Tokyo Olympics: Inside the Games with The Times

From protests and Covid-related bans on most fans, to new sports like surfing and skateboarding, Times journalists discuss what makes Tokyo 2020 unique.

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The world has changed radically since Tokyo won its Olympic bid. How are this year’s Games set to be different? How do athletes feel about realizing decades of hard work under such extraordinary circumstances?

From corruption allegations to calls for cancellation, the Tokyo Olympics have been plagued by controversy.

First, there was a one-year delay that led, confusingly, to the Games keeping the official title Tokyo 2020, despite taking place this July and August. Then came the widespread discontent. Sexism and bribery scandals. There has even been the threat of earthquakes hanging over a Games that Japan’s own finance minister described as “cursed.”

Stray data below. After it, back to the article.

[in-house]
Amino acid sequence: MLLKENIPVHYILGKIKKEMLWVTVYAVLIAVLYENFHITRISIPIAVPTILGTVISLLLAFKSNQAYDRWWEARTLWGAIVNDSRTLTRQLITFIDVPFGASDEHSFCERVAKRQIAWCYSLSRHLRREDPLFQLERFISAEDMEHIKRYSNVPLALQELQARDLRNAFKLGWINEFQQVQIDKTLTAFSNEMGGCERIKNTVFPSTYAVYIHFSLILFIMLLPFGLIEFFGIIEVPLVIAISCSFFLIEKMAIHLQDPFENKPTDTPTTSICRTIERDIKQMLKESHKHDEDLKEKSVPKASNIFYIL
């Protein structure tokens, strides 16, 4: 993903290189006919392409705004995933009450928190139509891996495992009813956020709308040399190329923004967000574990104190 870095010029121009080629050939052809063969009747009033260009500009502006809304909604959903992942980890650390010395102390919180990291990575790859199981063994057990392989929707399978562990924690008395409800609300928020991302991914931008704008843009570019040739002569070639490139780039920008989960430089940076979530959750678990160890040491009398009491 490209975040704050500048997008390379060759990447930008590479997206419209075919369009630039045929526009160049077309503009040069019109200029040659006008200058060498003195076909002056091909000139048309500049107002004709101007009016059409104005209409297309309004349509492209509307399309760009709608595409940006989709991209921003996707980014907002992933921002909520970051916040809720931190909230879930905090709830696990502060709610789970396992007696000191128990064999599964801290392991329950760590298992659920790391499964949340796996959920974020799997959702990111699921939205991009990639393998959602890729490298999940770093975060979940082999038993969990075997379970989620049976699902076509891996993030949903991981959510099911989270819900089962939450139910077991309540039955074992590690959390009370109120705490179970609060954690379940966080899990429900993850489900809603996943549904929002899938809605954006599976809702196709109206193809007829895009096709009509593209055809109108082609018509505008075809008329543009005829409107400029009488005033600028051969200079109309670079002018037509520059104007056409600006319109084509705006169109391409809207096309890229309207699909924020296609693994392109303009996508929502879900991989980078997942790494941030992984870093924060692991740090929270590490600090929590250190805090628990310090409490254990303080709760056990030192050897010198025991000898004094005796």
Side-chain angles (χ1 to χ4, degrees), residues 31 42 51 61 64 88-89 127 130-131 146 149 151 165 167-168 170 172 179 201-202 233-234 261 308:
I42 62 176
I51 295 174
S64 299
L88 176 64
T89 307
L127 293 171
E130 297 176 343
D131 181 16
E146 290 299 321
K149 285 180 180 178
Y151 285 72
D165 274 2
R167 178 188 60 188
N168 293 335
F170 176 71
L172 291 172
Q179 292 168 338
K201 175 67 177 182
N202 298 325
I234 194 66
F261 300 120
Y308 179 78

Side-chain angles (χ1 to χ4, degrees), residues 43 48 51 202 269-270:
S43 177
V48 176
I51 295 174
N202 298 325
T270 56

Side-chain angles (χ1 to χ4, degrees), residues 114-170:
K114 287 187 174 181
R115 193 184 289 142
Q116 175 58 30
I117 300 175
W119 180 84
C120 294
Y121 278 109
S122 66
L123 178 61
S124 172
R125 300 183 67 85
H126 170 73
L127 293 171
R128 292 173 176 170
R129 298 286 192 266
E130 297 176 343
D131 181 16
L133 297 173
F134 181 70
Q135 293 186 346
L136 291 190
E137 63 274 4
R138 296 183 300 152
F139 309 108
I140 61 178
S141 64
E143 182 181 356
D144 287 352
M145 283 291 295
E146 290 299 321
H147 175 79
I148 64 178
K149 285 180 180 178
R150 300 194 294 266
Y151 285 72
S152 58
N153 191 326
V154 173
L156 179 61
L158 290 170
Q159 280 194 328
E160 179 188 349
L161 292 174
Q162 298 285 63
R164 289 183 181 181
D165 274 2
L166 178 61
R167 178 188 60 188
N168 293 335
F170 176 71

Still, it’s (all but) certain — the year’s largest, most anticipated and contentious sporting event is going ahead. As Covid-19 cases surge in Tokyo, and with the eyes of the world fixed on the city, how does it feel for athletes to realize their dreams in such extraordinary circumstances? What’s the mood like in the Olympic Village? And how do international athletes feel about performing without the support of their home fans?

New York Times reporters will speak with competitors from some of the new sports debuting at Tokyo 2020, including the U.S. surfer Carissa Moore, Czech climber Adam Ondra, and others. The Times’s Randy Archibold, Andrew Keh and Motoko Rich will also take your questions and give you the latest from Tokyo about what makes this year’s Games so very different.

Inside the Olympic Games, a Times virtual event, streams on Thursday, July 22, exclusively for Times subscribers. R.S.V.P. above.

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